The U.S. government is planning to punish consumers who plan for their own retirement. Whether you have a taxable brokerage account, or a tax-deferred retirement account (401(k), Keogh, Roth or traditional IRA) there’s a political bull’s eye painted on your back.
Dividend and capital gains taxes are set to increase as the Bush tax cuts expire at year’s end. First, dividends will increase from the current 15% rate to the top ordinary income rates with a top rate of 39.4% plus an Obamacare surtax of 3.8% — for a total of 43.4% in 2013. Second, capital gains will go from the current 15% and to 20% plus the Obamacare surtax of 3.8% in 2013. The planned dividend and capital gains increases will be 28.4 and 8.4 points, respectively. Shares typically get 20% of their returns from dividends and 80% from capital gains, so the effective, blended new tax rate will be 27.4%, almost double today’s 15%.
At $34,500 taxable income today, your marginal tax rate is 25% and will rise to 28% in 2013. For a $100,000 taxable income today, it’s 28% and 31%, respectively. For consumers with incomes above $34,500, the tax rate on dividends will rise between 86% to triple the current rate. This is not class warfare against the rich – it’s an attack on ordinary consumers who save for their own retirement.
The higher tax will make stocks worth less to investors and stock prices will drop accordingly. In effect, pre-tax yields on investments will have to increase. The higher yield means that some future investment projects under consideration will no longer meet the higher yield threshold and starting them would no longer be justified. That will reduce new employment opportunities. Is this the jobs program we were promised?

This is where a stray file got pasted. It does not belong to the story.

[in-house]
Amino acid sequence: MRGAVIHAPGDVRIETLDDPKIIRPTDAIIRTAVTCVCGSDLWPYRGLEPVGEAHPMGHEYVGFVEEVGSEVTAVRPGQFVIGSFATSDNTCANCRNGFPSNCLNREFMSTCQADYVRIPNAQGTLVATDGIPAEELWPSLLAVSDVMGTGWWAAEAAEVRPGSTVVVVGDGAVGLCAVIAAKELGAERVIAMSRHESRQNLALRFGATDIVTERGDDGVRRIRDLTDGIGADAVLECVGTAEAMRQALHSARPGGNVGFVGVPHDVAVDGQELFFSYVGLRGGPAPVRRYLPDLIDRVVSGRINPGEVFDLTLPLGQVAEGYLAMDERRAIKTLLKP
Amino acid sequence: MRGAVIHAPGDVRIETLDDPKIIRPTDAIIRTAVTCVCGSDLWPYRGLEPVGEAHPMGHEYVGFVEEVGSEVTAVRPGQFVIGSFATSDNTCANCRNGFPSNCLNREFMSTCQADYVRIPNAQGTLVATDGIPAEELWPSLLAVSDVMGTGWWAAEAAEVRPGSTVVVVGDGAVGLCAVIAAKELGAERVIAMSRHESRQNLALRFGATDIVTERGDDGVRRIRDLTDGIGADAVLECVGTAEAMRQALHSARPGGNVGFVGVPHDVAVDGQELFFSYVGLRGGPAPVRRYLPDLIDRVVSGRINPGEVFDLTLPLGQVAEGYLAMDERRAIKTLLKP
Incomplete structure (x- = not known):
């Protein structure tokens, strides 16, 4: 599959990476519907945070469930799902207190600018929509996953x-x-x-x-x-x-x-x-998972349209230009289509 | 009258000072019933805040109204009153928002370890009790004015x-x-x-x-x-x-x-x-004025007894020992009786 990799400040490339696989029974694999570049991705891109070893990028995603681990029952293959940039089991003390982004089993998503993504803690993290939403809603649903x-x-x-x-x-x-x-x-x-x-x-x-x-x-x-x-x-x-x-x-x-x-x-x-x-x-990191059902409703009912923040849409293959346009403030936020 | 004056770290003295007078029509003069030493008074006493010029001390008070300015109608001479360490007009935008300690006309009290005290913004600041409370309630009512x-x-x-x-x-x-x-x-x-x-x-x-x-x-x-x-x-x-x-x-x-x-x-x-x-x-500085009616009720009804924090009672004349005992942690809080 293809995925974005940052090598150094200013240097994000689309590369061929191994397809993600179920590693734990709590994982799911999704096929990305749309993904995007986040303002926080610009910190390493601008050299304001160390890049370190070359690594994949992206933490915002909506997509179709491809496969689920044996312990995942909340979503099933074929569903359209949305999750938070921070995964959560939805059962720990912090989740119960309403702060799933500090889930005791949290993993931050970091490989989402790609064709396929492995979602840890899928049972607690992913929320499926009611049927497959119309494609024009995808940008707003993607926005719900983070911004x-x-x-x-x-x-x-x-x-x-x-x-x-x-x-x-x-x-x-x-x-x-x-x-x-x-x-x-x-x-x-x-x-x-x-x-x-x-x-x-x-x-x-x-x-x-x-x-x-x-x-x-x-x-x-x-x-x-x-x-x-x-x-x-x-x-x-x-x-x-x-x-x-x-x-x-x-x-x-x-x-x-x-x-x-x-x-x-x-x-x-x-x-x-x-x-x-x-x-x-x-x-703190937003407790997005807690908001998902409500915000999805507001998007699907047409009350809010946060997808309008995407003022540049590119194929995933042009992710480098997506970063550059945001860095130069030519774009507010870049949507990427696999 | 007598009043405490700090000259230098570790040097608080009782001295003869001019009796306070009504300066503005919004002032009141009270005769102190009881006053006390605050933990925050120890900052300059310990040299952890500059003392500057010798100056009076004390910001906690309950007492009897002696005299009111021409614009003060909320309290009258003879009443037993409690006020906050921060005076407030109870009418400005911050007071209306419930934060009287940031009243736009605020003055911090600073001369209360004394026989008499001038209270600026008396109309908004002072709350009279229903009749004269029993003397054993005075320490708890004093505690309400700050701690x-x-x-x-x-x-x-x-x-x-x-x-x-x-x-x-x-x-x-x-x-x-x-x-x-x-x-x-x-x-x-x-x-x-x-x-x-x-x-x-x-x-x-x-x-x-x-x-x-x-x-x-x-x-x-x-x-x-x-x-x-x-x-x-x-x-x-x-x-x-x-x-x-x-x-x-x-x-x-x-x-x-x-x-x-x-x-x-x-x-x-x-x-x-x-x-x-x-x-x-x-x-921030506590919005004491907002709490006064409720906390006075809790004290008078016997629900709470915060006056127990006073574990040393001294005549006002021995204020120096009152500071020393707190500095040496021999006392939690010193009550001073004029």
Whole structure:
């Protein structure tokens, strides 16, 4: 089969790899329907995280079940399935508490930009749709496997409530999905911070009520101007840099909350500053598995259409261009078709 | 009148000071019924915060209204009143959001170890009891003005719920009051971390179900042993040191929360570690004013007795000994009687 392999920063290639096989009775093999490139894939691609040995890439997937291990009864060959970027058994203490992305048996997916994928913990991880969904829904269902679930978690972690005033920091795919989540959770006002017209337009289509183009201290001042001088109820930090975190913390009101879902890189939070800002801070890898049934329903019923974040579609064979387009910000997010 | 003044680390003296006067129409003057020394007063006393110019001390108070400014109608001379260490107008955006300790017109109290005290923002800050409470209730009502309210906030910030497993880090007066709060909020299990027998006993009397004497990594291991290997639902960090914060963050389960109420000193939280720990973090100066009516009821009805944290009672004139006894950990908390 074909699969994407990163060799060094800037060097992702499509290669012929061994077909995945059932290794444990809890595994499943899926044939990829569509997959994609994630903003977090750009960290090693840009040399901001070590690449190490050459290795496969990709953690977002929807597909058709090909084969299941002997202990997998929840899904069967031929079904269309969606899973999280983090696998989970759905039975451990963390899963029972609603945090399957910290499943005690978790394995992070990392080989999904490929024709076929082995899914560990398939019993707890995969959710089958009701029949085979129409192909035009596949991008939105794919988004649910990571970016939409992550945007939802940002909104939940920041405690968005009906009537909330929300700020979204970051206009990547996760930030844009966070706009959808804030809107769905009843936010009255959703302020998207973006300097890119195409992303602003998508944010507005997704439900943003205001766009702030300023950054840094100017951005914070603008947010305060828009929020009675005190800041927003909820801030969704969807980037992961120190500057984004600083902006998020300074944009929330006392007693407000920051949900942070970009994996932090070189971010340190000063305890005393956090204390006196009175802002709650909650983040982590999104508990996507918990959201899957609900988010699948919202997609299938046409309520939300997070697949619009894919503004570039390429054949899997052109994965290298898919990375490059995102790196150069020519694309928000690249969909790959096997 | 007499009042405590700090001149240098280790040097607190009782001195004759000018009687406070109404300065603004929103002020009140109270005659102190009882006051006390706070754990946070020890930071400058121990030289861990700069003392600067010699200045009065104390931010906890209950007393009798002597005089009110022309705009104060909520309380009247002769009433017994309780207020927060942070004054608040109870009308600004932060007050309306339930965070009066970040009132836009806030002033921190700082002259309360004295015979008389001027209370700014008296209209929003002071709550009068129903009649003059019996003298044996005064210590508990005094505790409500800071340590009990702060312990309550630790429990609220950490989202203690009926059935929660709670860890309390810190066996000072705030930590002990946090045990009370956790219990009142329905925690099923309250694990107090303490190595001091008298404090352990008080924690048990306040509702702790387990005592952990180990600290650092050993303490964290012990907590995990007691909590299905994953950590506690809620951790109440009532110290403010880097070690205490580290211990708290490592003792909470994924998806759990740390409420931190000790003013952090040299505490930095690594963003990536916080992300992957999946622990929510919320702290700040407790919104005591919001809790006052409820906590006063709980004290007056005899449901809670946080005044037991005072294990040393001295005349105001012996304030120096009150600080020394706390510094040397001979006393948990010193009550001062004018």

When the taxes increase, the stock price drop will cut the value of an investor’s portfolio. For retirees who skewed their portfolio to favor dividend-paying stocks, the drop will be most pronounced because dividend taxes will have increased proportionately more than capital gains taxes.
When these taxes are increased, dividend-paying companies are likely to shift earnings payout away from dividends and into buy-backs of stock, since that puts more value into the shareowner’s after-tax pocket. Under new tax rates, payout in the form of share buy-back creates a capital gain which will be worth $0.762 after tax for the shareowner. In contrast, a $1 dividend will be worth just $0.566 after tax. But there’s a catch – for the shareowner to benefit from the share buy-back, the shareowner must sell the stock at a price lower than before taxes were increased. This will hit retirees harder because they generally cannot do without income until tax policy changes and prices recover.
Investors put substantial effort and research into their investment selections. We should have put the same analytical effort into selecting politicians. None of us can afford this destructive tax policy from our intransigent elected officials.
Alan Daley is a retired businessman who lives in Colorado and follows public policy from a consumer’s perspective.